Shining a light on diabetes
Aug 18, 2010 4 comments
A quick and painless way to measure blood sugar is highly sought-after by diabetes sufferers, who currently have to prick their fingers to draw blood several times a day. Now, researchers in the US may have found a solution – a device that works by simply shining a light on skin.
The vision is to create a laptop-sized device that could be kept at home or carried around. Rather than having to pierce the skin to obtain blood samples, the device measures sugar levels by simply placing a scanner against the skin. Because measurement is fast and easy, it is hoped that the device may encourage people with diabetes to check their blood sugar more often, giving them better control over their condition.
At the heart of the device is a Raman spectrometer, which can identify chemical compounds by measuring how near-infrared laser light scatters on contact with molecules. The idea of using Raman spectroscopy to measure sugar levels in blood was first suggested 15 years ago by Michael Feld at the Massachusetts Institute of Technology (MIT). Although Feld sadly passed away in April this year, his team is now starting to realize his vision.
Keeping up with the sugar rush
The problem until now has been that near-infrared light can only penetrate a short distance into the skin. The technique therefore detects glucose in the fluid surrounding skin cells (the interstitial fluid), rather than in the bloodstream. This is a problem because blood glucose levels can change rapidly, such as after eating, while there is a time lag of 5–10 minutes before the sugar changes can be seen in the interstitial fluid.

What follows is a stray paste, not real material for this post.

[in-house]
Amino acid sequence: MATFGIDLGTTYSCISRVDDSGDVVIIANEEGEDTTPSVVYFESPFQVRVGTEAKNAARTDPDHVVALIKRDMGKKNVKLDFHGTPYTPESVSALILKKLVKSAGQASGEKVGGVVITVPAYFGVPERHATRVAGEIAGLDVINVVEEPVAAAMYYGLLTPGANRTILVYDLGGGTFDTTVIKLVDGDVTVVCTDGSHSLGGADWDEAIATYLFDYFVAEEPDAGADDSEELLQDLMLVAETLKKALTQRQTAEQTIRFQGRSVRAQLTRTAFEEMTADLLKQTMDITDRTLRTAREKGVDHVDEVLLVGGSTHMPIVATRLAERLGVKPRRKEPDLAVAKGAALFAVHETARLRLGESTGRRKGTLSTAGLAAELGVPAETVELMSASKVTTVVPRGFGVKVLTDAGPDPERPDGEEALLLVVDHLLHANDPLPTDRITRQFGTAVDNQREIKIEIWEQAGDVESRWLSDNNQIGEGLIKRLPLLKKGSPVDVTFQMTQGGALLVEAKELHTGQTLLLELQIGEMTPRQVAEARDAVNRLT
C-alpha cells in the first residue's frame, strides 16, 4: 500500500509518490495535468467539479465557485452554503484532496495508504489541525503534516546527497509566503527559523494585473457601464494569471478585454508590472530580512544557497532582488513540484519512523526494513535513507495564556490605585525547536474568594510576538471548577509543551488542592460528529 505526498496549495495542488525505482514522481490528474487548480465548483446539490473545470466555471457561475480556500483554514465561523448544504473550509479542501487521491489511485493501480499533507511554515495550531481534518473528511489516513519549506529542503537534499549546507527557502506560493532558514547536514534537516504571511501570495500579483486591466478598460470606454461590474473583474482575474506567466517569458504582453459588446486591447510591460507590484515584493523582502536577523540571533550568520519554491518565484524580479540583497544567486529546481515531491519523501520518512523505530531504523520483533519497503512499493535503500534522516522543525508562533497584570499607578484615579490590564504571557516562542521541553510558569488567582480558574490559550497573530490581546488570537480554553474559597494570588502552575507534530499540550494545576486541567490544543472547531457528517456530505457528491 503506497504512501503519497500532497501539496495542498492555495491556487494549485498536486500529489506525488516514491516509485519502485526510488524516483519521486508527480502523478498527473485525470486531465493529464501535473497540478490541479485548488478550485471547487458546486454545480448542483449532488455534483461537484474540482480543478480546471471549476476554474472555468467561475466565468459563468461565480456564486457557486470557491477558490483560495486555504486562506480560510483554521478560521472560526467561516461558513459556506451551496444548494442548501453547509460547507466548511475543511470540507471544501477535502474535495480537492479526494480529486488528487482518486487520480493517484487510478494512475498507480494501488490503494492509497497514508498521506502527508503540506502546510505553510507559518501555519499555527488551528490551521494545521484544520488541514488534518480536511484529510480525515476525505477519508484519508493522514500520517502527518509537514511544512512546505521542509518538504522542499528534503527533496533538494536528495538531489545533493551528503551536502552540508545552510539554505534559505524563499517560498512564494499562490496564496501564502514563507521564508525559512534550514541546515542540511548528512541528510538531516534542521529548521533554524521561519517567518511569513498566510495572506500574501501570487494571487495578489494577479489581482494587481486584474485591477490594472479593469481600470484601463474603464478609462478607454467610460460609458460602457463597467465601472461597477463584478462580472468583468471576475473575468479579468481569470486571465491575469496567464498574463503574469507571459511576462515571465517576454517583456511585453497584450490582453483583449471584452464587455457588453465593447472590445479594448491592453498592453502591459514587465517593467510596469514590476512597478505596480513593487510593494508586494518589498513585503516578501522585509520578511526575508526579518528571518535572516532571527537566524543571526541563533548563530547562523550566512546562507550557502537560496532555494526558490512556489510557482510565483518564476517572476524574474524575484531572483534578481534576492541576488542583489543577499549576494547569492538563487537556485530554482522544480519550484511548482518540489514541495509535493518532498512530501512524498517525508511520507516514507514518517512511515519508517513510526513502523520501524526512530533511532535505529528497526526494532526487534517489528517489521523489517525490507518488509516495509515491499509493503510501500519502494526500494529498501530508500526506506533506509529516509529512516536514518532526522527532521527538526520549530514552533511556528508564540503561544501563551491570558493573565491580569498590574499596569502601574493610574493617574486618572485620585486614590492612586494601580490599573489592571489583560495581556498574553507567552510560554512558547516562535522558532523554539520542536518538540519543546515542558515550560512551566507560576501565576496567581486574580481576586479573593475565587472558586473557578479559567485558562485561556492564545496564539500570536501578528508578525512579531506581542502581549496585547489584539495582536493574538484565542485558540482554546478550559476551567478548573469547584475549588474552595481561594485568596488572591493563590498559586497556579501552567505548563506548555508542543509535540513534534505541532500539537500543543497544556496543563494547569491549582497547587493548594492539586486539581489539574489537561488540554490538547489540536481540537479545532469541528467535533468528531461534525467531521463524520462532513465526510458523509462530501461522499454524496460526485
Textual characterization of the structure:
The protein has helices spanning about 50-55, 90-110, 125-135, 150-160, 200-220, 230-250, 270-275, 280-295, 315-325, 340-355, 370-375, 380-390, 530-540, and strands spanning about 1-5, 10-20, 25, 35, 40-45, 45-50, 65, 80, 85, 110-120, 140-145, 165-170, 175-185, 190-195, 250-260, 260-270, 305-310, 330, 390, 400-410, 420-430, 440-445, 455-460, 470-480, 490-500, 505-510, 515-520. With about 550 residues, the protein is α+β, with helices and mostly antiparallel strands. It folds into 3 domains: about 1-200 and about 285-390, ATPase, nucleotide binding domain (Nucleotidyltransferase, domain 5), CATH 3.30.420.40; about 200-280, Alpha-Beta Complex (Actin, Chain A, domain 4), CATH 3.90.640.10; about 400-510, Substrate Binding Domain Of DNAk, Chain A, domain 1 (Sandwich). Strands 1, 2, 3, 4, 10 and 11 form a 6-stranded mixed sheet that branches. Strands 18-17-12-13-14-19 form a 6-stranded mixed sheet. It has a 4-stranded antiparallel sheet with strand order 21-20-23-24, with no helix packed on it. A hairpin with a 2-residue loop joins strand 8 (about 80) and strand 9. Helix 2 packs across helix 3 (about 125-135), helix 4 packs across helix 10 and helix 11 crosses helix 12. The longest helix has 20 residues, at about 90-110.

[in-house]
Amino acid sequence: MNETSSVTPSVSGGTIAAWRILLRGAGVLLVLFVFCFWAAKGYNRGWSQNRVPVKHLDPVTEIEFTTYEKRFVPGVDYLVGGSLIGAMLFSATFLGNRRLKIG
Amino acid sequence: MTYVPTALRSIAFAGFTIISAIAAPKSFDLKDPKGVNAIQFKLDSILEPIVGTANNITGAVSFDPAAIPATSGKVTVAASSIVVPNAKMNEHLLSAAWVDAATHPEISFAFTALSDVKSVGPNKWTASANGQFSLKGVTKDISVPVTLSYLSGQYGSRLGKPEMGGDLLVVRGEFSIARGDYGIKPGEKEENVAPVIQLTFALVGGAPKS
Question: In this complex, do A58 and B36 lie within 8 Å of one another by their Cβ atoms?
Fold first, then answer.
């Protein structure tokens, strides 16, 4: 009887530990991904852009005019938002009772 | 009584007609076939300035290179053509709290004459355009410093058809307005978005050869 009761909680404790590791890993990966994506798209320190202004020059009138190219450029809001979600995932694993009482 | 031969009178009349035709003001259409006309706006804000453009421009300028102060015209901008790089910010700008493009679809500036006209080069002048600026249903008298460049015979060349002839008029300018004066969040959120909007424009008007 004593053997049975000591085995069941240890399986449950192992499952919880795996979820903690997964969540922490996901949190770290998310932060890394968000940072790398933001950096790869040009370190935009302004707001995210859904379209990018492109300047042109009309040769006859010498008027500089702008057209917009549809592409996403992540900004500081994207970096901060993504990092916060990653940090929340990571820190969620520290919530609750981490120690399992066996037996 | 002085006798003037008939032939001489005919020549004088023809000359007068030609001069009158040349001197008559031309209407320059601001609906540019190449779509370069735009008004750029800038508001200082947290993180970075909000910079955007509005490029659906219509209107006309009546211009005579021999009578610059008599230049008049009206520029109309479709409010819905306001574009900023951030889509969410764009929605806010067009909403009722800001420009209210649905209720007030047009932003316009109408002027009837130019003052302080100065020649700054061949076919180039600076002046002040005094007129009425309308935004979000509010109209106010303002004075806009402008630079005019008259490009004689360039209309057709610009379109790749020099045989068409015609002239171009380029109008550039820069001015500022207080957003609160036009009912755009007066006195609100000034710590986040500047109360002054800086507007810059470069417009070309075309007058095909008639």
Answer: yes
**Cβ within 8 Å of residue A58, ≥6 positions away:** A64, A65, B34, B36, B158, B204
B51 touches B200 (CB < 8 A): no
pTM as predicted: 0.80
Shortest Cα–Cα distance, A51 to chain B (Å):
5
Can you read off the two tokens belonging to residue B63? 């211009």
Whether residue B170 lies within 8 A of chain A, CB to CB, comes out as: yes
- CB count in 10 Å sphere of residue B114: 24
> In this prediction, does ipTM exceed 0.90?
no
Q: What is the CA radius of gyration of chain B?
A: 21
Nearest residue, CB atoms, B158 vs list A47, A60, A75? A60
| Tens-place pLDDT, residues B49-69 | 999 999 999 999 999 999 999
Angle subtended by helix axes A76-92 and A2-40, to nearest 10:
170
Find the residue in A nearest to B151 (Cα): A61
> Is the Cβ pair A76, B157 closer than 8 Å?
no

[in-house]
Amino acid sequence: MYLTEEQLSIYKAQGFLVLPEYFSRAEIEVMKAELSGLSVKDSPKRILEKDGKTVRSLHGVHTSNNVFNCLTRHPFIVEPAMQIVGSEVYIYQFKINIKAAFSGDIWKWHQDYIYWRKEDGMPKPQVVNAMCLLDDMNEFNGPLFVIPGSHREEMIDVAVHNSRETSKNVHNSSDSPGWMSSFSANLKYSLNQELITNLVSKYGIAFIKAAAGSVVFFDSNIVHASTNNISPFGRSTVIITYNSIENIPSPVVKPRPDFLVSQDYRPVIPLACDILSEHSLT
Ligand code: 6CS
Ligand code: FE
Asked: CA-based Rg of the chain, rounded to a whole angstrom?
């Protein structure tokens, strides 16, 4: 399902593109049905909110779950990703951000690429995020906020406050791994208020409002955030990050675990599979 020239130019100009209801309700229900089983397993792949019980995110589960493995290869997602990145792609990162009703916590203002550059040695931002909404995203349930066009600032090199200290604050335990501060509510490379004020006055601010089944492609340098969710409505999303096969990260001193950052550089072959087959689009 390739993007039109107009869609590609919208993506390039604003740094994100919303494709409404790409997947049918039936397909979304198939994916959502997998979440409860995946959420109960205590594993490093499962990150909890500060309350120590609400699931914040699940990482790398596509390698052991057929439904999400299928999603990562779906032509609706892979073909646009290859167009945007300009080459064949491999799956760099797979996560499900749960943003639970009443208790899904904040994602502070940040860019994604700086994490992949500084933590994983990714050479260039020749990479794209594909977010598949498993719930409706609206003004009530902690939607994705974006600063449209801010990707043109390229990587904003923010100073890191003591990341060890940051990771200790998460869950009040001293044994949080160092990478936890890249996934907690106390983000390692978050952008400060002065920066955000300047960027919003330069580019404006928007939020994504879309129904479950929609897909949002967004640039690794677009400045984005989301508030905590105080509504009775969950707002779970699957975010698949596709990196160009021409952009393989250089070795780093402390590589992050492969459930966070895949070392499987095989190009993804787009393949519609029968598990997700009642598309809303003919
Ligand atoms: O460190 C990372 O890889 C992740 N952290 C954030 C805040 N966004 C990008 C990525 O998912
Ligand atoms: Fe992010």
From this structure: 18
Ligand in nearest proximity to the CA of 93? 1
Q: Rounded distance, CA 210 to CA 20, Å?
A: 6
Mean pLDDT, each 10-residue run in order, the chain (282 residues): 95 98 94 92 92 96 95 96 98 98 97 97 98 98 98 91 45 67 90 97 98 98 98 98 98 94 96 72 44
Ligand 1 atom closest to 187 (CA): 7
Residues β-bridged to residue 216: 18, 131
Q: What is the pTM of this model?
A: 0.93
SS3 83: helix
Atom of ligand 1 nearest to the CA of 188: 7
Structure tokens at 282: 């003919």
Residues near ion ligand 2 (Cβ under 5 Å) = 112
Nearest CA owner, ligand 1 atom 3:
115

The MIT team has now resolved the problem by developing an algorithm to relate blood glucose to interstitial glucose levels. "We’ve incorporated a mass-transfer model into the overall Raman spectroscopic algorithm, which allows us to seamlessly transform between blood and interstitial fluid glucose," explains Ishan Barman, lead author of the research.
Using an early version of the device, the team tested the blood-sugar levels of some human volunteers and found that the accuracy and precision of the test was just as good as conventional finger-prick tests. In addition, the new algorithm allows the test to predict impending episodes of high or low blood sugar (hyperglycemia and hypoglycemia) by extrapolating the rate of change of sugar concentration.
The next challenge is to strip down the Raman system and build a miniaturized device that would be suitable for home use. A prototype has been made and is already scheduled for clinical testing, but reducing the complexity of the system and shrinking down bulky components could take a while.
"We are in a proof-of-concept stage in terms of device development – and we envision a laptop-sized or hand-held unit that could cost as little as $200," he told physicsworld.com. "It is difficult to predict due to market variations and FDA regulations, but one could anticipate an optical device for glucose monitoring in the next 5–7 years."
Randall Jean, an expert in remote sensing at Baylor University in Texas, US, is impressed by the work. "This research addresses a real problem and appears to provide an important means for improving the calibration of non-invasive sensors," he says. "It may also be helpful in the development of a so-called 'artificial pancreas' – where insulin can be dispensed automatically in response to sugar levels."
This research is described in Analytical Chemistry.
About the author
Lewis Brindley is a science writer based in Reading, UK.
I Barman et al., Anal. Chem., 2010. DOI: 10.1021/ac100810e